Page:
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Tuesday, February 01, 2005

Hitting the self-destruct button

A devastating scandal in one of Korea’s major unions has been rumbling on for a couple of weeks now. Basically, union leaders at Kia’s massive car plant in Kwangju, Chôlla Province were found to have been doing deals with management over who should be employed in the plant with the usual envelopes of money changing hands all round. Quite a bit has been written about this at Oh My News and elsewhere, which, to be absolutely honest I haven’t had time to read yet, but you can if you like. (other articles in English: Joongang Ilbo, Hankyoreh editorial)

Antti has said that he will write something about this and so I will await his (much better-informed) post with baited breath…

In the meantime I'll make one or two observations. More than anything else, this scandal seems to demonstrate the dangers that face the workers’ movement (and social movements in general) in a country like Korea where petty corruption and clientilism are the norm. The important issue for organisations like unions, NGOs and of course, perhaps most importantly, parties like the Democratic Labour Party (민노당) is how to avoid getting sucked into this world, because the pull must be very strong. Getting co-opted into the existing system, either officially and legally, or unofficially and illegally (as in this case) must really spell the beginning of the end for progressive unions.

Fortunately, on a slightly more positive note I am confident that the vast majority of ordinary rank and file unionists in South Korea are upstanding types who know where their priorities lie. I’m also sure that the workers’ movement as a whole there is robust enough to withstand the odd storm. Let's remember that it has a lot of work to do - a recent report found that South Korean workers do the longest hours of any OECD nation and despite advances they still get paid wages at the lower end of the scale (Koreans apparently work an average of 2390 hours per year as compared to European averages of between 1300 and 1700).


At February 02, 2005 1:23 PM, Blogger Antti Leppänen said...

Don't hold your breath any more, because my "Bad week for Korean labor" post has been in a draft stage for too long by now...

One thing which doesn't seem to have received so much attention but which has been very detrimental for the unity (if there's ever been much) of the DLP and the party atmosphere was the decision to recall the decision to rescind the party membership of two persons in a party position who last year in a party event had hit and kicked a woman, thrown ashtray at her and threatened her with a broken bottle.
Jin Jung-kwon, who's usually worth reading, writes about the current state of DLP in his Kyunghyang column: 진보정당이 ‘원칙’을 무너뜨리면…(Hankyoreh21 also had a large piece on DLP just recently.)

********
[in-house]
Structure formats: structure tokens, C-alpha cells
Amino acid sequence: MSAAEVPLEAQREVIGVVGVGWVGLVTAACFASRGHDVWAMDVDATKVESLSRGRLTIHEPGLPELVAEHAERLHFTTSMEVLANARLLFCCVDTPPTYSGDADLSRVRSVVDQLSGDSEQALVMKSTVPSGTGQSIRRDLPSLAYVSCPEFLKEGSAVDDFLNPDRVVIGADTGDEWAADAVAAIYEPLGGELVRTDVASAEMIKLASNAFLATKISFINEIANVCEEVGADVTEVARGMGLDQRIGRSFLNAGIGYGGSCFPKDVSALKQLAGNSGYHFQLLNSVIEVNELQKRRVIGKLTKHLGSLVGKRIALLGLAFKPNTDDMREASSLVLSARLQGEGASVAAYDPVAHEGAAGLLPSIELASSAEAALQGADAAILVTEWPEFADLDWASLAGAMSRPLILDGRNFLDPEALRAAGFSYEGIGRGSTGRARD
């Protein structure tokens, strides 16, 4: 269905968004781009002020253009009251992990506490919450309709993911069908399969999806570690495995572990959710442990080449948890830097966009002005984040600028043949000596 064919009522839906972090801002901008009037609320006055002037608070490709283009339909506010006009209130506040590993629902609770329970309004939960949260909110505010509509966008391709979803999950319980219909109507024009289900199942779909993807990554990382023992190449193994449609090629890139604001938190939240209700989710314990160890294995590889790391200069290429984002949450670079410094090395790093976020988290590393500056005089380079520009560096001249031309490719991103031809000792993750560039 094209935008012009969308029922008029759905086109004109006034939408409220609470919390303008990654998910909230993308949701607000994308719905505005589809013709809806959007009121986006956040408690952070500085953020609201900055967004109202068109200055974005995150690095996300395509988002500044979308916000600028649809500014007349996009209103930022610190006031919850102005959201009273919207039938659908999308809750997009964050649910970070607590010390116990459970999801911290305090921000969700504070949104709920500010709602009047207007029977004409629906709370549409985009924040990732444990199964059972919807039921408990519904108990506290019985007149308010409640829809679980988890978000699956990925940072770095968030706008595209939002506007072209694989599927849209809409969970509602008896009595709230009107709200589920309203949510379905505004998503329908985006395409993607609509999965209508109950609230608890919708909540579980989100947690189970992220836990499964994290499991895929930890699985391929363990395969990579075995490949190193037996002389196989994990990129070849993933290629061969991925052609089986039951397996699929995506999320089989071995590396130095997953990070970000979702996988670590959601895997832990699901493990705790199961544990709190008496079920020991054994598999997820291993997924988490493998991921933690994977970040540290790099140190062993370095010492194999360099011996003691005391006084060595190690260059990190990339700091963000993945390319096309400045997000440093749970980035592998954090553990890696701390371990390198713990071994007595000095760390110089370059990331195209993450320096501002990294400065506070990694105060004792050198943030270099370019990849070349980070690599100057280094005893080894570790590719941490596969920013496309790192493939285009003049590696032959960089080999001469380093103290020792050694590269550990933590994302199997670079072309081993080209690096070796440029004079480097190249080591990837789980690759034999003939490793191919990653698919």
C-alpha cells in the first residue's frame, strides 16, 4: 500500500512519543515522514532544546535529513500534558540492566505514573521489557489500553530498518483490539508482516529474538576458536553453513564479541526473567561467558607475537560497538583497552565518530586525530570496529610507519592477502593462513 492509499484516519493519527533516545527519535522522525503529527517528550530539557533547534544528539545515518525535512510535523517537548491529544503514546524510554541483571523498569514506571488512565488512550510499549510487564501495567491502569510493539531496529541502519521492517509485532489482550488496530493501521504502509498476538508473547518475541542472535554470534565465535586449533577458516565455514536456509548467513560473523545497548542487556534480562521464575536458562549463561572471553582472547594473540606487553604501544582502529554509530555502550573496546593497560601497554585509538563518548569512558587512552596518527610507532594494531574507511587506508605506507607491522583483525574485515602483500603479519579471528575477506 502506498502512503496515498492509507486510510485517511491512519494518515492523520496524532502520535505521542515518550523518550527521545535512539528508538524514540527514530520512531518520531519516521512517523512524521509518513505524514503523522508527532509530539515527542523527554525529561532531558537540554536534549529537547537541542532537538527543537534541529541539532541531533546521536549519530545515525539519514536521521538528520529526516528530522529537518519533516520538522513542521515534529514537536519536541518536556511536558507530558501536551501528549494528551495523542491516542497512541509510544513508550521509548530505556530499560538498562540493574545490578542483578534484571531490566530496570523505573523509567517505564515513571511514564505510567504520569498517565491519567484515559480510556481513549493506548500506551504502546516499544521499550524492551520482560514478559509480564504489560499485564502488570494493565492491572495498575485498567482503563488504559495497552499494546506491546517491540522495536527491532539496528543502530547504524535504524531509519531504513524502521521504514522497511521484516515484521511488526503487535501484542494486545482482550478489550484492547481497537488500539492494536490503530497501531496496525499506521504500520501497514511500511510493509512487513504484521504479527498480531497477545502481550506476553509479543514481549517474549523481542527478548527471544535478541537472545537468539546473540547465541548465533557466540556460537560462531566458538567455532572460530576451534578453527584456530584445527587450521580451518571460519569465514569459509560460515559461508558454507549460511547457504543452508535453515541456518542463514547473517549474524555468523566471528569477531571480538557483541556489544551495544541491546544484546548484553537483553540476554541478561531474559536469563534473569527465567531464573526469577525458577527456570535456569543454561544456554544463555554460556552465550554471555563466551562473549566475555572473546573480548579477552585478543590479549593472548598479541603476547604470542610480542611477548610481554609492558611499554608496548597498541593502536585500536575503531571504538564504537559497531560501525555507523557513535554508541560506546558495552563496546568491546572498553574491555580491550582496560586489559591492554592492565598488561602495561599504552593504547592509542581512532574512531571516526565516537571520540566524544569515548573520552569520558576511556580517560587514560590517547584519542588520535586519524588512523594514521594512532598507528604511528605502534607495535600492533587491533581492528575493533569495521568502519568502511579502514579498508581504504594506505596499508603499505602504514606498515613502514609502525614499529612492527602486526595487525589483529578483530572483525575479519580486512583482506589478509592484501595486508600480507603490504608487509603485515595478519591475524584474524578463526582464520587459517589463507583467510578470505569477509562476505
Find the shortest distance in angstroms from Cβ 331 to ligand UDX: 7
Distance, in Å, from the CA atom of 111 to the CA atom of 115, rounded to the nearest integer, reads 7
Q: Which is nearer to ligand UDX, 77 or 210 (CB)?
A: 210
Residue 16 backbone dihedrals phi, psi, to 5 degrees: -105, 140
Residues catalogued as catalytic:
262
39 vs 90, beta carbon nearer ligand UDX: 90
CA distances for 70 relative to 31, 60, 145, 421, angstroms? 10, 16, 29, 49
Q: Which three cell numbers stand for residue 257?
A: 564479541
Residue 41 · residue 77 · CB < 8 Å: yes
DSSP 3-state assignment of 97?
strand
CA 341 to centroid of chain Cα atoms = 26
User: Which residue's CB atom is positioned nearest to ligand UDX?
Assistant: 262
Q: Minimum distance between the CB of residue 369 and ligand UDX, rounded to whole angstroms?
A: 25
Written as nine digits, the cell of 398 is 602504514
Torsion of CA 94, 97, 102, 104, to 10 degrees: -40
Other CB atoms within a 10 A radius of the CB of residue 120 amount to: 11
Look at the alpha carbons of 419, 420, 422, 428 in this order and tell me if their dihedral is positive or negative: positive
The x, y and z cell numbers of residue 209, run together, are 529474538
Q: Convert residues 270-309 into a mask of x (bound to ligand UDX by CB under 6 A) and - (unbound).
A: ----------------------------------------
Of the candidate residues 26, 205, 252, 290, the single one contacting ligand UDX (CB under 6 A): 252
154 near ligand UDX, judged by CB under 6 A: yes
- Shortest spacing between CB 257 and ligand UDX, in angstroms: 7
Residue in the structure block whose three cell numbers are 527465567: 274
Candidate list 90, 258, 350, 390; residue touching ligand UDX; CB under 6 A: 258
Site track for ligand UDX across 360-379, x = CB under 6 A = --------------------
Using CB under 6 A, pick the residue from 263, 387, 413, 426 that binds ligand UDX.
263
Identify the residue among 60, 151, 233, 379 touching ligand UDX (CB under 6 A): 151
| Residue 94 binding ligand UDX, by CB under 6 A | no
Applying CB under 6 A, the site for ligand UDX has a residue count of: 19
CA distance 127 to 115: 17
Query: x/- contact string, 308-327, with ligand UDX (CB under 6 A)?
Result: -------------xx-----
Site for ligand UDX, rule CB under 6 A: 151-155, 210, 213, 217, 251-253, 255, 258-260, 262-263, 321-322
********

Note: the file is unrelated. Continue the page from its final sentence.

I'm afraid I can't be as optimistic as you concerning the labor movement; it's just that capital is overpowering labor so much everywhere. (And this is a habitual soc.dem. voter speaking here, watching the things unfold very close to me.) The proportion of organized labor in Korea is something like 11%; I'm not saying in the Chosun Ilbo kind of "you are not representative of workers, so kkabulji mara, but the prospects of a wide representative labor movement just don't seem good. (At the time of government-controlled unions the unionization was much higher.)
There was a debate in Pressian about the polarization (?, yangkûkhwa) of the labor market some time ago; I thought I had made a note on it, but I couldn't find it.

Now I'll go and finish my note about the shift in the political support of the self-employed.

At February 02, 2005 2:04 PM, Blogger kotaji said...

Thanks Antti. I'm disappointed your post won't get to see the light of day...

Thanks very much for the links on the DLP, I'm thinking of working on a project with a friend that will compare the DLP with the PT in Brazil, so all sources are useful.

I suppose my grounds for optimism (I can tell you that I'm not habitually much of an optimist...) are that Korean society is still very unstable and the ruling class hasn't yet got a grip on how to fully co-opt the working class (I mean that term in the broadest sense). Koreans do not have the weight of a hundred years of social democracy on their brains as we do in Europe and sudden explosions of anger and militancy are possible, often seemingly coming from nowhere. Another thing to bear in mind is that the labour movement has not yet suffered a significant defeat in Korea. Yes there are setbacks, low-level co-option, corruption, small defeats, even stagnation maybe. But all this is different to a full-scale, all round demoralising defeat like those suffered by the labour movements around Europe in the late 70s, early 80s (the obvious example in Britain being the 1984-5 Miners' Strike).


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